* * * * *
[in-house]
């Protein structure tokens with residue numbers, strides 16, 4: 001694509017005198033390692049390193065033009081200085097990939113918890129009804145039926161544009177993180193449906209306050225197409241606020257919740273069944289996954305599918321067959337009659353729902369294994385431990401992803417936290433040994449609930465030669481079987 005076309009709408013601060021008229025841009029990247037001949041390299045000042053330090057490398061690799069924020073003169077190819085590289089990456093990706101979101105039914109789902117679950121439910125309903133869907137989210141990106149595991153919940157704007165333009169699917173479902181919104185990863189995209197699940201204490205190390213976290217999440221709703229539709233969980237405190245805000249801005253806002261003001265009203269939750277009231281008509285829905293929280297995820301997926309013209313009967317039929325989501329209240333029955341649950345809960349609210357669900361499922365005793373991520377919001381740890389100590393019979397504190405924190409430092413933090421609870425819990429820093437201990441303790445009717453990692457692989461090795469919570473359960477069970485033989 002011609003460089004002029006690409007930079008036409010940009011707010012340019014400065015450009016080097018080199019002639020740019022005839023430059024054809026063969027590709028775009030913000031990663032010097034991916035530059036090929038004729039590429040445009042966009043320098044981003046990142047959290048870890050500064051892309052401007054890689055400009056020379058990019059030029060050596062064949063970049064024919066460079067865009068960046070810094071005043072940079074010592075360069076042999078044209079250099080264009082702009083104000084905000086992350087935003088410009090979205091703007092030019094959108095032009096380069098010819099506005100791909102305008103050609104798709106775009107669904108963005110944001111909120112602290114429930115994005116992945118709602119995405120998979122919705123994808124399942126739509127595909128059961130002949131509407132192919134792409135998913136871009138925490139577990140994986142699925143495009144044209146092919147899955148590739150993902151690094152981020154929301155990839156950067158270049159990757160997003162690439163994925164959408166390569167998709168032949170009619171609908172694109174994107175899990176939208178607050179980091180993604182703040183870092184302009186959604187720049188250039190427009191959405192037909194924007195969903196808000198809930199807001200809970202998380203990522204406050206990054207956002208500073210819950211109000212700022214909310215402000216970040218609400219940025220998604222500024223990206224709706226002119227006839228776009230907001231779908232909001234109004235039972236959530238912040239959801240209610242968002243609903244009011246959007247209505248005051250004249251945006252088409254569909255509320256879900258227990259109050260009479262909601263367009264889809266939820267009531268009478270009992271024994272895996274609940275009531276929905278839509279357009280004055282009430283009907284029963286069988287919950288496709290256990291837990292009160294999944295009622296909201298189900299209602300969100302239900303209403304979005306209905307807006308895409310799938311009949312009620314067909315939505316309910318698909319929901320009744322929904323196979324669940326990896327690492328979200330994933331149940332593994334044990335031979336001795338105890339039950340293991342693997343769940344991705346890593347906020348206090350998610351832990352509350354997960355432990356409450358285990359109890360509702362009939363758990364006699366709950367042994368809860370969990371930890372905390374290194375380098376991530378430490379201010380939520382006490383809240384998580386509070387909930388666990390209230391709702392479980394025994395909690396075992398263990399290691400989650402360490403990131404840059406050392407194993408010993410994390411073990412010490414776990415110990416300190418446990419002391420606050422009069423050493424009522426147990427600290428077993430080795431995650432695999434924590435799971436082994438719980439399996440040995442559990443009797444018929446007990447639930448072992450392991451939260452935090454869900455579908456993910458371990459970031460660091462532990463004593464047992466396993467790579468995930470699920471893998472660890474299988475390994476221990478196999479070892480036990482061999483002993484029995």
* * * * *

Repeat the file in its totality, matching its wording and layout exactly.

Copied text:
[in-house]
């Protein structure tokens with residue numbers, strides 16, 4: 001694509017005198033390692049390193065033009081200085097990939113918890129009804145039926161544009177993180193449906209306050225197409241606020257919740273069944289996954305599918321067959337009659353729902369294994385431990401992803417936290433040994449609930465030669481079987 005076309009709408013601060021008229025841009029990247037001949041390299045000042053330090057490398061690799069924020073003169077190819085590289089990456093990706101979101105039914109789902117679950121439910125309903133869907137989210141990106149595991153919940157704007165333009169699917173479902181919104185990863189995209197699940201204490205190390213976290217999440221709703229539709233969980237405190245805000249801005253806002261003001265009203269939750277009231281008509285829905293929280297995820301997926309013209313009967317039929325989501329209240333029955341649950345809960349609210357669900361499922365005793373991520377919001381740890389100590393019979397504190405924190409430092413933090421609870425819990429820093437201990441303790445009717453990692457692989461090795469919570473359960477069970485033989 002011609003460089004002029006690409007930079008036409010940009011707010012340019014400065015450009016080097018080199019002639020740019022005839023430059024054809026063969027590709028775009030913000031990663032010097034991916035530059036090929038004729039590429040445009042966009043320098044981003046990142047959290048870890050500064051892309052401007054890689055400009056020379058990019059030029060050596062064949063970049064024919066460079067865009068960046070810094071005043072940079074010592075360069076042999078044209079250099080264009082702009083104000084905000086992350087935003088410009090979205091703007092030019094959108095032009096380069098010819099506005100791909102305008103050609104798709106775009107669904108963005110944001111909120112602290114429930115994005116992945118709602119995405120998979122919705123994808124399942126739509127595909128059961130002949131509407132192919134792409135998913136871009138925490139577990140994986142699925143495009144044209146092919147899955148590739150993902151690094152981020154929301155990839156950067158270049159990757160997003162690439163994925164959408166390569167998709168032949170009619171609908172694109174994107175899990176939208178607050179980091180993604182703040183870092184302009186959604187720049188250039190427009191959405192037909194924007195969903196808000198809930199807001200809970202998380203990522204406050206990054207956002208500073210819950211109000212700022214909310215402000216970040218609400219940025220998604222500024223990206224709706226002119227006839228776009230907001231779908232909001234109004235039972236959530238912040239959801240209610242968002243609903244009011246959007247209505248005051250004249251945006252088409254569909255509320256879900258227990259109050260009479262909601263367009264889809266939820267009531268009478270009992271024994272895996274609940275009531276929905278839509279357009280004055282009430283009907284029963286069988287919950288496709290256990291837990292009160294999944295009622296909201298189900299209602300969100302239900303209403304979005306209905307807006308895409310799938311009949312009620314067909315939505316309910318698909319929901320009744322929904323196979324669940326990896327690492328979200330994933331149940332593994334044990335031979336001795338105890339039950340293991342693997343769940344991705346890593347906020348206090350998610351832990352509350354997960355432990356409450358285990359109890360509702362009939363758990364006699366709950367042994368809860370969990371930890372905390374290194375380098376991530378430490379201010380939520382006490383809240384998580386509070387909930388666990390209230391709702392479980394025994395909690396075992398263990399290691400989650402360490403990131404840059406050392407194993408010993410994390411073990412010490414776990415110990416300190418446990419002391420606050422009069423050493424009522426147990427600290428077993430080795431995650432695999434924590435799971436082994438719980439399996440040995442559990443009797444018929446007990447639930448072992450392991451939260452935090454869900455579908456993910458371990459970031460660091462532990463004593464047992466396993467790579468995930470699920471893998472660890474299988475390994476221990478196999479070892480036990482061999483002993484029995």